you're always gonna find that it doesn't work is smoothly. Words efficiently. And perhaps it doesn't work is securely as when it's in a great Okay, so I pee before unsecure I p v six is secure because of the use of I p sec.
The principle here being is we add security on unsecure protocols. I p being insecure. I p sec is one of the ways we can secure it,
but we really need a different approach to security.
Uh, we looking applications, you know, applications, air designed. Maybe we develop APS and house. You know, we really need to senior management to support the security function as faras allowing budget time support to integrate security into software.
So it really has to be a shift in philosophy
and for any of you who have taken somewhere along the line. If you've taken an introduction to program in class.
You know, I think a lot of people probably have somewhere along the way. And I'd like you to think back to that class and think about how much of that time was devoted to writing secure code,
not the writing code, not to sing of the code word, but to writing secure code. And I think most people have the answer of zero none of that time. So we really need a shift in philosophy before we're going to start seeing secure technologies on the market as opposed to technologies
that are later secured through patches or off stage or whatever that may be.
All right, So we're adding on security
I p *** I p set is one of the secure protocols SSL in T l s secure sockets layer, which is largely being replaced by transport layer security. A lot of people still refer to it is the SSL because that's what we've had for so long. Although the reality of it is, we're probably
really implementing t l s.
Ah, but any rate SSL is very much based on the need for a public key infrastructure and using public and private key pairs in orderto authenticate users and servers. Usually we think about this for security, Web traffic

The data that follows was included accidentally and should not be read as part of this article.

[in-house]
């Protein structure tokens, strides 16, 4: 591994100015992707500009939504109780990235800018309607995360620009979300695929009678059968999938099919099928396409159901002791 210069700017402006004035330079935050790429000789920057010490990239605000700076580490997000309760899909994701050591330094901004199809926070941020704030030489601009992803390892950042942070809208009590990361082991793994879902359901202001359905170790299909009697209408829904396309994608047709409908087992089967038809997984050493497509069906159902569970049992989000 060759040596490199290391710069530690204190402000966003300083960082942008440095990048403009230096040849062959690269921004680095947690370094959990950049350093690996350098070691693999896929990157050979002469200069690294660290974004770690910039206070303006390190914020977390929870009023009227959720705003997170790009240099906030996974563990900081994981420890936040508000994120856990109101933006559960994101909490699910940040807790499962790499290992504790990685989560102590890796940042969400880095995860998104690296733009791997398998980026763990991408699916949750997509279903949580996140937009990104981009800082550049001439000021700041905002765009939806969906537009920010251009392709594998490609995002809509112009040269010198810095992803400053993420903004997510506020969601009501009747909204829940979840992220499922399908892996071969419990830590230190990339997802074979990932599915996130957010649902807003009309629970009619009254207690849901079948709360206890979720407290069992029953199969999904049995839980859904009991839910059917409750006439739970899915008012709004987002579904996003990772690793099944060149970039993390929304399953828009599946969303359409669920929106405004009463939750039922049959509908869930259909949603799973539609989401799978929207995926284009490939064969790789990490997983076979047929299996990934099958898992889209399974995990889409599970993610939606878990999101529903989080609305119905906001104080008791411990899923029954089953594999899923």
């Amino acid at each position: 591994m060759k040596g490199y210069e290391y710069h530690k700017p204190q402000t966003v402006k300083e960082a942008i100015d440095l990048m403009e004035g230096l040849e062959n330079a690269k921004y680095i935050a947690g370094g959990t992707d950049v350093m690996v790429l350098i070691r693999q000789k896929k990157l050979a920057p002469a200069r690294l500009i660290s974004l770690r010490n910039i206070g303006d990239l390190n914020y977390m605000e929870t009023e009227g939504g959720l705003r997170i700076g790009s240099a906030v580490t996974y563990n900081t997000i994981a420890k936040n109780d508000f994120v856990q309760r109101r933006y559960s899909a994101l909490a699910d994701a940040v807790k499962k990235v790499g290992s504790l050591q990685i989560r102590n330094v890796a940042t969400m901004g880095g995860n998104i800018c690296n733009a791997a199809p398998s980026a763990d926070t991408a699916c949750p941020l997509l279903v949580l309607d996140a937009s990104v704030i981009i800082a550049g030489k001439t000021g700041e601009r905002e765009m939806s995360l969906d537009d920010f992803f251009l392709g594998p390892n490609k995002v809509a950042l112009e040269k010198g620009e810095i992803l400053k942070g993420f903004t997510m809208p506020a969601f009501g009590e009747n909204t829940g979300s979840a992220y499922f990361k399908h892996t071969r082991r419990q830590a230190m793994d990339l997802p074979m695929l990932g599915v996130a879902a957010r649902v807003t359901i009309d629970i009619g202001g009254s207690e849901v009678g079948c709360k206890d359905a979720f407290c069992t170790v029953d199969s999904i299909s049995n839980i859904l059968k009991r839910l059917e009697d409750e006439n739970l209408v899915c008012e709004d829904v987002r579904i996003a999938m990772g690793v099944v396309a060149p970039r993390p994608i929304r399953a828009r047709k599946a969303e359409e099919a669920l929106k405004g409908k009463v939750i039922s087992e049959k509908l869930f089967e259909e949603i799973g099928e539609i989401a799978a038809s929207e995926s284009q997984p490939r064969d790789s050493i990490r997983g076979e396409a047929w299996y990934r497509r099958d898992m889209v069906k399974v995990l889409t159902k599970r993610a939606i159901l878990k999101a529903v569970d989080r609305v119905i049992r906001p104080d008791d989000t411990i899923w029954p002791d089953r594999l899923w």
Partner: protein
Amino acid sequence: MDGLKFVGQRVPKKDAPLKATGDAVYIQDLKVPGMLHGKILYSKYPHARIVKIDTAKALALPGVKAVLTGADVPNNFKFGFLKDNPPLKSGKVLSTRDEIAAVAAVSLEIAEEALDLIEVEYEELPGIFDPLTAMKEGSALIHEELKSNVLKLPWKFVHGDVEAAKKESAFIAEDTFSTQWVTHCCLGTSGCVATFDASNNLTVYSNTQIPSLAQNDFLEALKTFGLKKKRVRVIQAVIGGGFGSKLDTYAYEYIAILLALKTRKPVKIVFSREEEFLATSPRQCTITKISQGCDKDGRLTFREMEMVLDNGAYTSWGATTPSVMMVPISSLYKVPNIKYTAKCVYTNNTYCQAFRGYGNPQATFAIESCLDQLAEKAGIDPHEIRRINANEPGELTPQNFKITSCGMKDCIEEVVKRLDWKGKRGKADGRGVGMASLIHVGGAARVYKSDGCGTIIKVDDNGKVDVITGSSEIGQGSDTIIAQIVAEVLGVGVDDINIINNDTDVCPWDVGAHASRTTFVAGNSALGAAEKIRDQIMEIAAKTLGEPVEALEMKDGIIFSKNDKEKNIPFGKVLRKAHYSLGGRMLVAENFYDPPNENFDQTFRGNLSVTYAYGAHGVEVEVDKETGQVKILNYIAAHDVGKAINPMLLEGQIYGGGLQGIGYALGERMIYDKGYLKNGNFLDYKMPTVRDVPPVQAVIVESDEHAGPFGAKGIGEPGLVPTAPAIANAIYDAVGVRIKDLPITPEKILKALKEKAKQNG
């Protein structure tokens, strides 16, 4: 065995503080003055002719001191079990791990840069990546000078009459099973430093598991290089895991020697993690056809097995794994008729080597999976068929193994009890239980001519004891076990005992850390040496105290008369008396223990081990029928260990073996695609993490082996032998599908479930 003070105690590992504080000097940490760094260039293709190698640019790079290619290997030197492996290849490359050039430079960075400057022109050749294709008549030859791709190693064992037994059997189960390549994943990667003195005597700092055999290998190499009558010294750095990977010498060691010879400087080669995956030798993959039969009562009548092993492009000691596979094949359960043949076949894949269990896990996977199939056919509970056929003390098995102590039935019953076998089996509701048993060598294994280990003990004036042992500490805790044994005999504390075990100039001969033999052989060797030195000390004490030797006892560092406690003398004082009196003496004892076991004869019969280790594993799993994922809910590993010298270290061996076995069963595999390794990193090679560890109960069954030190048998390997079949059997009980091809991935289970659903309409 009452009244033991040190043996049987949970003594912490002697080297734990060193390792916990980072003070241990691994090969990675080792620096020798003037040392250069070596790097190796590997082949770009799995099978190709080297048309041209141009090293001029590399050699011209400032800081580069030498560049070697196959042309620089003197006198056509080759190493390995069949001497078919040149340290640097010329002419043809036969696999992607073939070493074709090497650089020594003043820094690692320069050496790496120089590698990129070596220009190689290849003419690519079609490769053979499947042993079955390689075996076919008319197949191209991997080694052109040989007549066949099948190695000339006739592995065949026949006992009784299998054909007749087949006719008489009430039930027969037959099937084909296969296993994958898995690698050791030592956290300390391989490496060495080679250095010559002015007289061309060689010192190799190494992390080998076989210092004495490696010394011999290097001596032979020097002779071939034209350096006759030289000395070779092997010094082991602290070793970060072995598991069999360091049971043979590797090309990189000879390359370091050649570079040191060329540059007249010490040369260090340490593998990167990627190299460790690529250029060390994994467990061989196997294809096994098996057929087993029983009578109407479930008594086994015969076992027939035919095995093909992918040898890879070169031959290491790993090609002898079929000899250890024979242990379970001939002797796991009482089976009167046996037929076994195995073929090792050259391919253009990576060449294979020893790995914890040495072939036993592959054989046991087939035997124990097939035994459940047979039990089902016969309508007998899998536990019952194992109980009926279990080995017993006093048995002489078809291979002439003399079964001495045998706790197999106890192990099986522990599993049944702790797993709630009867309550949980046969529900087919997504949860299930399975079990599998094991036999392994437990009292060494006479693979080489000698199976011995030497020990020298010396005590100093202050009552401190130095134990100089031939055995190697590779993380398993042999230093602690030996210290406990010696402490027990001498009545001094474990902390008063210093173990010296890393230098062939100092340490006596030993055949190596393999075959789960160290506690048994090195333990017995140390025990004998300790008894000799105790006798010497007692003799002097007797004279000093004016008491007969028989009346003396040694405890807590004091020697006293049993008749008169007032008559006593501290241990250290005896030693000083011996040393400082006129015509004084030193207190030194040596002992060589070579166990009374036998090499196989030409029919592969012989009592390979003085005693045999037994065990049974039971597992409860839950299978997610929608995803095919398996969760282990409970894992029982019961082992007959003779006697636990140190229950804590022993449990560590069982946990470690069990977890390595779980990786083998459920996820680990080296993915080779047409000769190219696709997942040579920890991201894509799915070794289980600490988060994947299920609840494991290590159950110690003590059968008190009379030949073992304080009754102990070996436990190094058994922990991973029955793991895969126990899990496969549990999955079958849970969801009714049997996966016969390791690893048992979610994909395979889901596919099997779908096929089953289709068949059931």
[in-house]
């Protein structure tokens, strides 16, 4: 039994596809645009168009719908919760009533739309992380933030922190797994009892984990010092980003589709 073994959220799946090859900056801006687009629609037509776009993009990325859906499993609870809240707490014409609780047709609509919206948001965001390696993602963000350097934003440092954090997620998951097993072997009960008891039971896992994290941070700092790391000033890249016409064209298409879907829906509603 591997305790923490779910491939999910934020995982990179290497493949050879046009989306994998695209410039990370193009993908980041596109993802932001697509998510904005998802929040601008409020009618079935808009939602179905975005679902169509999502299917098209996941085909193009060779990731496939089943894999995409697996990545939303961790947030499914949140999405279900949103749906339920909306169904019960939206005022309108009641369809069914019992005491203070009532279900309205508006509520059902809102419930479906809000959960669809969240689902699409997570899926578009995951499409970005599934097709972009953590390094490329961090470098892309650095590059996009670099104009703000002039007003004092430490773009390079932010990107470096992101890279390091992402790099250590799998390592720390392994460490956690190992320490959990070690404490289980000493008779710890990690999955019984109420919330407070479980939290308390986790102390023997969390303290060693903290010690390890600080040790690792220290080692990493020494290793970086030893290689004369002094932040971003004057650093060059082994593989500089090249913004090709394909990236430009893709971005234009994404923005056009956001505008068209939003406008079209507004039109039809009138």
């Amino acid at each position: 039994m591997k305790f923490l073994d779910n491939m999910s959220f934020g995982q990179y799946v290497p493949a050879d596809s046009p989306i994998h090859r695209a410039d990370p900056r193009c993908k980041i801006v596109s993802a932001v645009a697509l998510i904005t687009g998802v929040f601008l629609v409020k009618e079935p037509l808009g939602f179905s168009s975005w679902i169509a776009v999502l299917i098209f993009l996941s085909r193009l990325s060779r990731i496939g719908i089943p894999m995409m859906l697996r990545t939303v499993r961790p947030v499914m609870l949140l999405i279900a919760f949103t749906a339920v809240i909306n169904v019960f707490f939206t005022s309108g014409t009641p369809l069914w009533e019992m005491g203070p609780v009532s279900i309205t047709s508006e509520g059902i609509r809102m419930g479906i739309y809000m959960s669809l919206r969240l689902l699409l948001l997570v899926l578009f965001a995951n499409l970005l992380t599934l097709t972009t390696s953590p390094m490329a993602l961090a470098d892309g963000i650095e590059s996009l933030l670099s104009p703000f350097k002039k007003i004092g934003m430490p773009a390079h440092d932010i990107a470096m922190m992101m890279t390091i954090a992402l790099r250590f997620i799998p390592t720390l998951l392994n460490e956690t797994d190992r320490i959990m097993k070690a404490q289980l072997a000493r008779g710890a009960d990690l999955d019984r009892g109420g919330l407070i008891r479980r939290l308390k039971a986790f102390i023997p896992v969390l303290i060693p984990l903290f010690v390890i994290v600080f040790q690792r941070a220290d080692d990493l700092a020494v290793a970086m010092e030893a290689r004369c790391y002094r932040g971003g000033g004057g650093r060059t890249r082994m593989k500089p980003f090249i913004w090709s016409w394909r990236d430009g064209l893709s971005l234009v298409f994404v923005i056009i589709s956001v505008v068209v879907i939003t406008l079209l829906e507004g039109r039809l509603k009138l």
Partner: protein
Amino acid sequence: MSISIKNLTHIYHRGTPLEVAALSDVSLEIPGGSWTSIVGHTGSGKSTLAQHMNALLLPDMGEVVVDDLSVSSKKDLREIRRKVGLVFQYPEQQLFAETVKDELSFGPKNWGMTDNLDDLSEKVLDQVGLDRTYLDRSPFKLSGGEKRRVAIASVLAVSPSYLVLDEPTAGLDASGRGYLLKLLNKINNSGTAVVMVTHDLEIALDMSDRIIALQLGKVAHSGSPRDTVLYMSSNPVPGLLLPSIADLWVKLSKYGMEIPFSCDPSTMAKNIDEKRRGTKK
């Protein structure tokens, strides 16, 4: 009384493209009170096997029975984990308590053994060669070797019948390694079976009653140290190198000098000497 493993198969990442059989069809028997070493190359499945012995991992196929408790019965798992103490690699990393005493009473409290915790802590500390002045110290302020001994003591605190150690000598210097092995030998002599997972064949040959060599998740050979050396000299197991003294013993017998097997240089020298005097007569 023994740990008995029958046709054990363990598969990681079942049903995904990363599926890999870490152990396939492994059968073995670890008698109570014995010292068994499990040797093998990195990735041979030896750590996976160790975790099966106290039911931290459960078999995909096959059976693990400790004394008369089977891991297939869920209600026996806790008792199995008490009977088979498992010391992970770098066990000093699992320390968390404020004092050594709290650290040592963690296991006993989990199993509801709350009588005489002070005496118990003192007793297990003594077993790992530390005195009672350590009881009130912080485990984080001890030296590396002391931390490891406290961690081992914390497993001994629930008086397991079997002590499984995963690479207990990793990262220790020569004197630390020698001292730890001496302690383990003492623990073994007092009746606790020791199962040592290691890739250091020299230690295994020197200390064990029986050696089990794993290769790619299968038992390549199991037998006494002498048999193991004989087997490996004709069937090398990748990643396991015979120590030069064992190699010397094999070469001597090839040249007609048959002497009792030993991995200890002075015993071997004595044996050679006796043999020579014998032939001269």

and ah servers providing authentication through the use of certificates. So that's a means that we can use to secure Web traffic. Which, http of course, is unsecure.
We can also use SS H, which is secure shell.
But at any rate, secure shell is a secure alternative to many remote administration protocols. So, for instance, if you think about telling that
so tell that will allow me to remotely log into a system and make some modifications may be changed the configuration.
But the problem with Tell Nat is that credentials were transmitted across the network in plain text,
just like with the our utilities. That airport of UNIX, like our walk in
FTP, inherently unsecure credentials past the network in plain text.
So we look at using SS H as a substitute for FTP as a substitute for Tell Mette and as a substitute for some of those Argh utilities for units, because ultimately they don't provide any security.
Sshh provides the credentials in the transmission of information and encrypted format okay. And I've already mentioned the use of certificates. SSL uses certificates. We can also use certificates on our network. Primarily, we think about certificates as a means of exchanging public key information.
So certificates are
always there in a pub or always required in a public he infrastructure maybes. But I'd say that, um, I know this is kind of a high level overview, but just hitting the highlights and these ideas that we have weak protocols that we need to go back and secure with stronger protocols. And once again, I want to encourage you.
If this is information that's valuable to you.
The C I s s P course that we offer has two sections. We have a section on networking and telecommunications, and then we have a section on cryptography, both of those I teach. And I think there would be helpful for you and filling in any of these gaps from a technical perspective.
So that's going to wrap up our series on the technology
that I think is appropriate for a sizzle, you know, have that upper layer understanding. But I will encourage you to go back and review those other courses from C i. D. SSP. Because I do think they're very hopeful